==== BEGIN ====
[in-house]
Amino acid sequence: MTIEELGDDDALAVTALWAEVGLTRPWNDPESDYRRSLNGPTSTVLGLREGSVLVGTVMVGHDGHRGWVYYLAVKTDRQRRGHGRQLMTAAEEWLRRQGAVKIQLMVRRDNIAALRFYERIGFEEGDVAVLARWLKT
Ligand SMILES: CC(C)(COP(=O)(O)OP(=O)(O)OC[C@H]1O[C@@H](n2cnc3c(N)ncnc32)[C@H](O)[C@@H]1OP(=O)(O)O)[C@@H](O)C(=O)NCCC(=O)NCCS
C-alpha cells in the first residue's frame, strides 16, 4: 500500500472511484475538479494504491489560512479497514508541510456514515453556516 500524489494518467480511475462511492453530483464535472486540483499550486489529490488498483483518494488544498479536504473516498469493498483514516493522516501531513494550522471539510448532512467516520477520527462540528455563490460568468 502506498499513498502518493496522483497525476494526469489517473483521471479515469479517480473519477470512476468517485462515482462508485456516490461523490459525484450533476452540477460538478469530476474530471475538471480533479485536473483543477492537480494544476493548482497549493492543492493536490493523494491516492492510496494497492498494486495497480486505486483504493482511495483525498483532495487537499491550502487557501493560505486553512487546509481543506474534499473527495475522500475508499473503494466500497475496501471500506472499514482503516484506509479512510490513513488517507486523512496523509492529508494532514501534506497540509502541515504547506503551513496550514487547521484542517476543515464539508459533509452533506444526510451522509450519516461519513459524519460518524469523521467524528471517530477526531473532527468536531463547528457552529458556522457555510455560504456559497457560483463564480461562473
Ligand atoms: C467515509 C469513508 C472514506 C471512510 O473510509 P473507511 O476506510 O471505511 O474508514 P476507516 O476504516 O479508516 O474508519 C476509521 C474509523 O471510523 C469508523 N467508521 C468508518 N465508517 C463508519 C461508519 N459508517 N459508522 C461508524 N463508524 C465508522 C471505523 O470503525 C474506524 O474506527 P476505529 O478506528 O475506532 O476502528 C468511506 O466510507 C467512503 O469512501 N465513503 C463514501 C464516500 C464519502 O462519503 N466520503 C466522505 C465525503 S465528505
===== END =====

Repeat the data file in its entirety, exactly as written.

[in-house]
Amino acid sequence: MTIEELGDDDALAVTALWAEVGLTRPWNDPESDYRRSLNGPTSTVLGLREGSVLVGTVMVGHDGHRGWVYYLAVKTDRQRRGHGRQLMTAAEEWLRRQGAVKIQLMVRRDNIAALRFYERIGFEEGDVAVLARWLKT
Ligand SMILES: CC(C)(COP(=O)(O)OP(=O)(O)OC[C@H]1O[C@@H](n2cnc3c(N)ncnc32)[C@H](O)[C@@H]1OP(=O)(O)O)[C@@H](O)C(=O)NCCC(=O)NCCS
C-alpha cells in the first residue's frame, strides 16, 4: 500500500472511484475538479494504491489560512479497514508541510456514515453556516 500524489494518467480511475462511492453530483464535472486540483499550486489529490488498483483518494488544498479536504473516498469493498483514516493522516501531513494550522471539510448532512467516520477520527462540528455563490460568468 502506498499513498502518493496522483497525476494526469489517473483521471479515469479517480473519477470512476468517485462515482462508485456516490461523490459525484450533476452540477460538478469530476474530471475538471480533479485536473483543477492537480494544476493548482497549493492543492493536490493523494491516492492510496494497492498494486495497480486505486483504493482511495483525498483532495487537499491550502487557501493560505486553512487546509481543506474534499473527495475522500475508499473503494466500497475496501471500506472499514482503516484506509479512510490513513488517507486523512496523509492529508494532514501534506497540509502541515504547506503551513496550514487547521484542517476543515464539508459533509452533506444526510451522509450519516461519513459524519460518524469523521467524528471517530477526531473532527468536531463547528457552529458556522457555510455560504456559497457560483463564480461562473
Ligand atoms: C467515509 C469513508 C472514506 C471512510 O473510509 P473507511 O476506510 O471505511 O474508514 P476507516 O476504516 O479508516 O474508519 C476509521 C474509523 O471510523 C469508523 N467508521 C468508518 N465508517 C463508519 C461508519 N459508517 N459508522 C461508524 N463508524 C465508522 C471505523 O470503525 C474506524 O474506527 P476505529 O478506528 O475506532 O476502528 C468511506 O466510507 C467512503 O469512501 N465513503 C463514501 C464516500 C464519502 O462519503 N466520503 C466522505 C465525503 S465528505